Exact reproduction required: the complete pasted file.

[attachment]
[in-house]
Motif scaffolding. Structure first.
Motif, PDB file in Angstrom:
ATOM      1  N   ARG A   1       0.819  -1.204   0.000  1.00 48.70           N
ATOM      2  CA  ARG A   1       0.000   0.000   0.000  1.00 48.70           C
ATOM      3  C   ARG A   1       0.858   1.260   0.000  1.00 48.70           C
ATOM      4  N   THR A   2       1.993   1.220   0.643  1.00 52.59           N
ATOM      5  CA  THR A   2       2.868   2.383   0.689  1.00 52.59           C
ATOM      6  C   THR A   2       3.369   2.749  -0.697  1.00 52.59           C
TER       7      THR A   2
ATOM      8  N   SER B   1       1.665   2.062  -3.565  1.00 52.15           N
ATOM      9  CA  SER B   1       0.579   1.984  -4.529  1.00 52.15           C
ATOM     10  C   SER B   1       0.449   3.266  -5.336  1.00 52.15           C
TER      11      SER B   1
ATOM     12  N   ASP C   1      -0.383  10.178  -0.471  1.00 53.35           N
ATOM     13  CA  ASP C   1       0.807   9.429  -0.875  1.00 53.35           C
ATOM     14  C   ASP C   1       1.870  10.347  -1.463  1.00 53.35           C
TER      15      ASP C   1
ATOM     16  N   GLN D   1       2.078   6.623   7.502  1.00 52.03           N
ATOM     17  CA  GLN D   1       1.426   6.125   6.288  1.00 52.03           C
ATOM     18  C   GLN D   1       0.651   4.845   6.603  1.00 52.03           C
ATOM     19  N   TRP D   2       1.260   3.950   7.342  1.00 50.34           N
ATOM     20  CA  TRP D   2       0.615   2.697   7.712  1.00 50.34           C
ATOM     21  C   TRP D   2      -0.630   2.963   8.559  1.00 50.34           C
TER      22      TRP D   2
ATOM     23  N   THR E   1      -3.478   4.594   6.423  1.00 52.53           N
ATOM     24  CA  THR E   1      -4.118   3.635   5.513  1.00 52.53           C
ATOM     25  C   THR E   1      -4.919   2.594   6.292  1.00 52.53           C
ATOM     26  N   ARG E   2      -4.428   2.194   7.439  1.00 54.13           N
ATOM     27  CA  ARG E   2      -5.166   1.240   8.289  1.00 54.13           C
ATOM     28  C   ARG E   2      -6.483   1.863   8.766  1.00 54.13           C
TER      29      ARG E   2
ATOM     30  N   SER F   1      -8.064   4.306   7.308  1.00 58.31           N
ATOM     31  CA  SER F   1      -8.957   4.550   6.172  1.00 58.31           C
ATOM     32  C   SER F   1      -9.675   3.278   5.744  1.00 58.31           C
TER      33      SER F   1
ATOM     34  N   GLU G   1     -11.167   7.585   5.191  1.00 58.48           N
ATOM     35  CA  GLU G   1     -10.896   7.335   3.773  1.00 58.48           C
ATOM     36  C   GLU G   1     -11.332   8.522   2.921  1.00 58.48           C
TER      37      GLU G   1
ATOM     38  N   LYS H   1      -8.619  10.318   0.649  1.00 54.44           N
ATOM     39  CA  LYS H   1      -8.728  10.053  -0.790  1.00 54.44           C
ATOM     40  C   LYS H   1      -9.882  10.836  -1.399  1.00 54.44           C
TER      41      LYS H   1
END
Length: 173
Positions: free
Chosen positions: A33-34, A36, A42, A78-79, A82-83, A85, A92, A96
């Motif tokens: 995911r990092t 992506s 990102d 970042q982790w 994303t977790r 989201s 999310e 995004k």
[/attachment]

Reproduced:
[in-house]
Motif scaffolding. Structure first.
Motif, PDB file in Angstrom:
ATOM      1  N   ARG A   1       0.819  -1.204   0.000  1.00 48.70           N
ATOM      2  CA  ARG A   1       0.000   0.000   0.000  1.00 48.70           C
ATOM      3  C   ARG A   1       0.858   1.260   0.000  1.00 48.70           C
ATOM      4  N   THR A   2       1.993   1.220   0.643  1.00 52.59           N
ATOM      5  CA  THR A   2       2.868   2.383   0.689  1.00 52.59           C
ATOM      6  C   THR A   2       3.369   2.749  -0.697  1.00 52.59           C
TER       7      THR A   2
ATOM      8  N   SER B   1       1.665   2.062  -3.565  1.00 52.15           N
ATOM      9  CA  SER B   1       0.579   1.984  -4.529  1.00 52.15           C
ATOM     10  C   SER B   1       0.449   3.266  -5.336  1.00 52.15           C
TER      11      SER B   1
ATOM     12  N   ASP C   1      -0.383  10.178  -0.471  1.00 53.35           N
ATOM     13  CA  ASP C   1       0.807   9.429  -0.875  1.00 53.35           C
ATOM     14  C   ASP C   1       1.870  10.347  -1.463  1.00 53.35           C
TER      15      ASP C   1
ATOM     16  N   GLN D   1       2.078   6.623   7.502  1.00 52.03           N
ATOM     17  CA  GLN D   1       1.426   6.125   6.288  1.00 52.03           C
ATOM     18  C   GLN D   1       0.651   4.845   6.603  1.00 52.03           C
ATOM     19  N   TRP D   2       1.260   3.950   7.342  1.00 50.34           N
ATOM     20  CA  TRP D   2       0.615   2.697   7.712  1.00 50.34           C
ATOM     21  C   TRP D   2      -0.630   2.963   8.559  1.00 50.34           C
TER      22      TRP D   2
ATOM     23  N   THR E   1      -3.478   4.594   6.423  1.00 52.53           N
ATOM     24  CA  THR E   1      -4.118   3.635   5.513  1.00 52.53           C
ATOM     25  C   THR E   1      -4.919   2.594   6.292  1.00 52.53           C
ATOM     26  N   ARG E   2      -4.428   2.194   7.439  1.00 54.13           N
ATOM     27  CA  ARG E   2      -5.166   1.240   8.289  1.00 54.13           C
ATOM     28  C   ARG E   2      -6.483   1.863   8.766  1.00 54.13           C
TER      29      ARG E   2
ATOM     30  N   SER F   1      -8.064   4.306   7.308  1.00 58.31           N
ATOM     31  CA  SER F   1      -8.957   4.550   6.172  1.00 58.31           C
ATOM     32  C   SER F   1      -9.675   3.278   5.744  1.00 58.31           C
TER      33      SER F   1
ATOM     34  N   GLU G   1     -11.167   7.585   5.191  1.00 58.48           N
ATOM     35  CA  GLU G   1     -10.896   7.335   3.773  1.00 58.48           C
ATOM     36  C   GLU G   1     -11.332   8.522   2.921  1.00 58.48           C
TER      37      GLU G   1
ATOM     38  N   LYS H   1      -8.619  10.318   0.649  1.00 54.44           N
ATOM     39  CA  LYS H   1      -8.728  10.053  -0.790  1.00 54.44           C
ATOM     40  C   LYS H   1      -9.882  10.836  -1.399  1.00 54.44           C
TER      41      LYS H   1
END
Length: 173
Positions: free
Chosen positions: A33-34, A36, A42, A78-79, A82-83, A85, A92, A96
């Motif tokens: 995911r990092t 992506s 990102d 970042q982790w 994303t977790r 989201s 999310e 995004k």